During the Norman invasion of England, there was a cultural sharing that persists to today. And also a lot of war, killing, and generally horrible things.
Let’s keep this positive though. Due to the help of various Brittany lords with William the Conquerer’s invasion, they were given large tracts of lands in England. Thus part of whisky culture that ties into aspects of that invasion, which not only impacted England but also had an effect on Scotland and Ireland, places where tasty whisky is made.
Thus when Warenghem distillerie, with their 83 years of experience in distilling, decided to explore that cultural bridge by making whisky. Or rather they just wanted to make whisky. So in 1983, they decided to make a whisky, releasing one, after a trip to Scotland, in 1987.
It was a blend and this review is not about it. Rather it’s about an idea they had later. In 2008, Warenhghem released a single malt, and in September 2009, released their whole new range. They’ve since gained many awards.
For myself, I’ve only been able to try one whisky offering from Armorik. Frankly, I knew nothing of the distillery when I bought my original bottle of Armorik Classic, assuming it was a new distillery. I enjoyed the Classic and then saw nothing else at my provincial alcohol monopoly.
Since then I’ve done some digging, and noticed that there’re more and more offerings. Thus being able to try these limited offerings is quite exciting. Let’s see how they taste, shall we?
Armorik Maître de Chai 2008 is a vintage, limited release. Based on their own write-up, this is one of the first limited releases, though I can’t find anything to definitively state that, so let’s just say it’s one of the first.
I’ll be blunt: I originally grabbed a sample simply because I enjoy Chai tea. Turns out they didn’t mean that at all. Maître de Chai translated to ‘Cellar Master’. I really shouldn’t have let my French speaking skills slip that much.
Still, it’s an interesting whisky. This is made up of two whiskies, each aged between six and seven years, both fully matured in Oloroso sherry casks, and both picked by the cellar master for their taste.
Price: N/A at the LCBO
Distillation Date: 2008
Bottling Date: 2015
Ages of whiskies used: Between 6 and 7 years
Cask Numbers: 3322 & 3325
Cask Types: Oloroso Sherry Casks
Total Outrun: 1,700 bottles
Colour: 10YR 6/10
Nose: Cardamon, black tea, peach, honey, orange blossom
Okay, here’s where I’m confused. There’s tannic, spice elements of black tea that reminds me of Chai. Yet the Chai name isn’t what was made.
I think, to be fair, we can say there are some spice and orange elements. And that the name had some element on my initial notes maybe. These things can happen. That said, there are quite a bit of orange and tannic aspects here.
Taste: Peach syrup, smoke, black tea, cassia buds
More spice, more tannin, more peach. My initial concerns about the name screwing me around are heightened here, so after tasting this, I actually looked up and felt bad about my French skills.
That said, there’s more of the smoke going on here. Going back, I still get black tea, peach. Less orange though.
Finish: Ginger, rosemary, cassia buds, apple, smoke
Finish is a spice bomb. Tons and tons of spice, with just a bit of apple to pair alongside it.
Conclusion: Impressive given the age. Remember this is younger, not hyper-aged, and not made with a yeast that’s designed to be good at a young age. This is purely a blend of two whiskies, aged in casks in the same way others have done. And frankly, I enjoyed it.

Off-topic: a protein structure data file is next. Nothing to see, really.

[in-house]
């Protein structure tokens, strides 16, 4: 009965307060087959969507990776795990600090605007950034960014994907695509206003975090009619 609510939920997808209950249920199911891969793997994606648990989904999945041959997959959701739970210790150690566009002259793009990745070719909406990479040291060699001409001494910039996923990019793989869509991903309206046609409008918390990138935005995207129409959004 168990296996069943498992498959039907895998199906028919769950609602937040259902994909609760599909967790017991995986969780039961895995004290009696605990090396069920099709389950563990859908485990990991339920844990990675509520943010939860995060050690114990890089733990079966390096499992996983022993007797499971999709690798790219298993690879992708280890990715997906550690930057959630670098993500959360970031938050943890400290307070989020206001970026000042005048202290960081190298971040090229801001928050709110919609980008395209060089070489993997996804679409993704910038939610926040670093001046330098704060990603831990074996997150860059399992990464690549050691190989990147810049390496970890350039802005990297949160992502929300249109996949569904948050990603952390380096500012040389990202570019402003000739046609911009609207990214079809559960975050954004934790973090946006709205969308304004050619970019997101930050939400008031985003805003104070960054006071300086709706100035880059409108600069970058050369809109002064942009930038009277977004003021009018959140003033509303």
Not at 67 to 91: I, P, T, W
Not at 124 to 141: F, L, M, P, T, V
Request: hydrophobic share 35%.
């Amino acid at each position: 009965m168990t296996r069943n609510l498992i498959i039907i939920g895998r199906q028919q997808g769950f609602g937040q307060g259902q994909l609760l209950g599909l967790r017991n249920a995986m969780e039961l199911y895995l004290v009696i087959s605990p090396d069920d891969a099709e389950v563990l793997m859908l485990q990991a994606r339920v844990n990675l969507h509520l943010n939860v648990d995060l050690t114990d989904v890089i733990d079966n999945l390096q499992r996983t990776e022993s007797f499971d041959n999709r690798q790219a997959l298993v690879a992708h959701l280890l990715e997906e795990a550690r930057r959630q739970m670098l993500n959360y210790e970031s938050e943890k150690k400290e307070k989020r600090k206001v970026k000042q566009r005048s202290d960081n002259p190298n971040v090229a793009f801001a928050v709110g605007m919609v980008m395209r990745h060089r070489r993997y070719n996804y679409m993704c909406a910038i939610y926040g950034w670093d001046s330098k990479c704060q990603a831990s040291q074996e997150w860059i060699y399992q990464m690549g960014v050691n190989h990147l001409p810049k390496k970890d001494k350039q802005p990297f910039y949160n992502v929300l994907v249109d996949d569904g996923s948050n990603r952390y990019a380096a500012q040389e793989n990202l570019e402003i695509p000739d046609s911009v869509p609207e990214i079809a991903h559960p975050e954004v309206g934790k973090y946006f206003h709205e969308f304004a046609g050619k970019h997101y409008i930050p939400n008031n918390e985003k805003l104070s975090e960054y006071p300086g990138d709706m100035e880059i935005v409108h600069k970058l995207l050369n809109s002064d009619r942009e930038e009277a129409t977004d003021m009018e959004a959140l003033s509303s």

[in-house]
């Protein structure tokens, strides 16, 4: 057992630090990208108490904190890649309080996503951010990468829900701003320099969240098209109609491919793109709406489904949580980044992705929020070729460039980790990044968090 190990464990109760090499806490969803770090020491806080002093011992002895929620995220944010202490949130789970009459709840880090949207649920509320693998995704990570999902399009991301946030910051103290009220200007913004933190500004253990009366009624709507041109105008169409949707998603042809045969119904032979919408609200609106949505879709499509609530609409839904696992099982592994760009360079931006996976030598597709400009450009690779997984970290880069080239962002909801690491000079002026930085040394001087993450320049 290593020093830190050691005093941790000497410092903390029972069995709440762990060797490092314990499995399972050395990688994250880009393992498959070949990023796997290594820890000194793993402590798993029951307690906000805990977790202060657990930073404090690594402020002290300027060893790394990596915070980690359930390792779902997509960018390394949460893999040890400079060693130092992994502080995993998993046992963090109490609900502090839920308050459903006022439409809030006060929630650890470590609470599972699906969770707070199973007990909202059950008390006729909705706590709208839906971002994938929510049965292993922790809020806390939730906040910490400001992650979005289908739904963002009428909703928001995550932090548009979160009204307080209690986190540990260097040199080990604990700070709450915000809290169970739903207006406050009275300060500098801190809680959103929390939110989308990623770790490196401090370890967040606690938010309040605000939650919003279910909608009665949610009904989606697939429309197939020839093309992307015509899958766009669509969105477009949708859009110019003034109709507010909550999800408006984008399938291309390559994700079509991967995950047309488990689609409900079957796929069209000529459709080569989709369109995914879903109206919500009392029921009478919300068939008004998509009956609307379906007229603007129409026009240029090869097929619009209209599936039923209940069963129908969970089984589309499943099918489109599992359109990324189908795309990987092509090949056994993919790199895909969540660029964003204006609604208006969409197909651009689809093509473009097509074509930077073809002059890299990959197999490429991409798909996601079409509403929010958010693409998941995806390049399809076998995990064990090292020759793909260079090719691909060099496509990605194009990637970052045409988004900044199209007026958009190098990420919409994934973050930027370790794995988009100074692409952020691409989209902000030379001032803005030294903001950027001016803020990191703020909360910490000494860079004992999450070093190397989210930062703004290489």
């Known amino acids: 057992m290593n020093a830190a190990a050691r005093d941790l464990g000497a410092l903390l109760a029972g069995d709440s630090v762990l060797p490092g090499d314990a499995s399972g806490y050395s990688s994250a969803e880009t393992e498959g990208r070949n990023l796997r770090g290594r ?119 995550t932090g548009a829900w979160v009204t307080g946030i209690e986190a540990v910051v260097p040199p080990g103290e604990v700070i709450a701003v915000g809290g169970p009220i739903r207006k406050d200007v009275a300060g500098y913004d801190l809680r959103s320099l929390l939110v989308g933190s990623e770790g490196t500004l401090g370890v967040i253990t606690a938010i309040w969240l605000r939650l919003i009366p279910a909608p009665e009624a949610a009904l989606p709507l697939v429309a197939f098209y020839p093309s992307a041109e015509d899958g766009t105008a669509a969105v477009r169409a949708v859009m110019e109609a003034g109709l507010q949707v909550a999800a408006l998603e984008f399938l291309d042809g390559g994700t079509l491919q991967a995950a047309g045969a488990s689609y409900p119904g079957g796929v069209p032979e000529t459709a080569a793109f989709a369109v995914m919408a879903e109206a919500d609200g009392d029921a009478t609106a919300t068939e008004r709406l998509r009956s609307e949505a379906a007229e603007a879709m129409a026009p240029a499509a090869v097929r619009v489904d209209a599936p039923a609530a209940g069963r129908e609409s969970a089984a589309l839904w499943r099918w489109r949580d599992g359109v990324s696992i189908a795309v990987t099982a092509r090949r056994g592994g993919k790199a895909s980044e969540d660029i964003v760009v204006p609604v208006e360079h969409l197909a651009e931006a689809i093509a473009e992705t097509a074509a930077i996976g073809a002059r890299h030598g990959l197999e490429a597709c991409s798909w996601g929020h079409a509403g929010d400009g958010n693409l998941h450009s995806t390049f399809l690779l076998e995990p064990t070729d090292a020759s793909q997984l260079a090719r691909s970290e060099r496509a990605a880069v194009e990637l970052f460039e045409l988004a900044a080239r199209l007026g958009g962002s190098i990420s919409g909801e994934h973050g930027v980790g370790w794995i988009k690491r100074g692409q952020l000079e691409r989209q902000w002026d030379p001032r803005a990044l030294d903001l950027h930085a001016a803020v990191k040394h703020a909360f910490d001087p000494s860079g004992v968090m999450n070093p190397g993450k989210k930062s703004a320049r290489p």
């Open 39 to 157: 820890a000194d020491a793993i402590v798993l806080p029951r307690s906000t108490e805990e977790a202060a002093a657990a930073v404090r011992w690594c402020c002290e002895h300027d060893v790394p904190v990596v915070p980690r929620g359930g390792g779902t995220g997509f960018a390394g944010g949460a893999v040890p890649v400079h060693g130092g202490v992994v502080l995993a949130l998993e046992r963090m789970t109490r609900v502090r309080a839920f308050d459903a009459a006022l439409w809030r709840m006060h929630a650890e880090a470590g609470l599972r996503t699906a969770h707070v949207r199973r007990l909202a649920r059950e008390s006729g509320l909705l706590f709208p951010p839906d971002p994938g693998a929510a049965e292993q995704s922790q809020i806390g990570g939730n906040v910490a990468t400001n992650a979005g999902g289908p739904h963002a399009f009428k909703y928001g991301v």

I feel like this is a nice limited edition. It’s not going to blow your mind. However it is unique, it is tasty, and it is spice forward. The name may have hurt my notes, and I wish it hadn’t. However, that’s life. I stand by the general idea that this has lots of spice and fruit. And if that sounds up your alley, then grab a sample of this.
Armorik 13 2002 (cask 3260) is, from what I can find, one of the older releases from Armorik. A lot of Armorik standard releases are NAS. There have been a few single cask releases from the distillery. This one is completely matured in an Oloroso sherry cask.
Let’s see how one cask tastes, shall we?
Price: N/A at the LCBO
Distillation Date: 15 Feb 2002
Bottling Date: 01 July 2015
Cask Type: Oloroso Sherry Cask
Outrun: 739 bottles
Colour: 10YR 6/10
Nose: Violets, plum, strawberry, caramel, BBQ sauce
Floral. Closer to a cask strength Lowland, though stronger since this isn’t triple distilled. It takes a while and some water, though this lovely smoke, molasses, and sweet/acidic note pop up.
Because if I’m sniffing flowers, I also want to eat BBQ. Granted BBQ goes with just about any fun activity, if I’m being honest. Pretty sure I should add that a BBQ has to happen at my funeral for all my detractors out there.
Taste: Plum sauce/jam, strawberry, caramel, smoke
Initial strong, concentrated plum notes. Really beats you over the head, more like a port cask than a sherry cask.
It takes some water to bring out more caramel and smoke. Sadly the biggest aspect is plum.
Finish: Ginger, cardamon, apple pie, burnt sugar, smoke
Big spice finish again. This time it doesn’t outshine the apple, has more char/caramel to it, and the smoke stays longer.
I like it. Granted I love apple pie and don’t have it as much as I used to. Nice length to it.
Conclusion: A really, really nice dram. Starts out bold, gets a tad weak on the taste, with only one note being strong, and the finish makes up for it all with an apple pie. Where the dual casked Chai before was a spice bomb, this is what more time has given us. Better fruit paired with it to make a better dram.
I think I may keep hunting for these.
World Whisky review #318-319, France review #9-10, Whisky Network review #1448-1449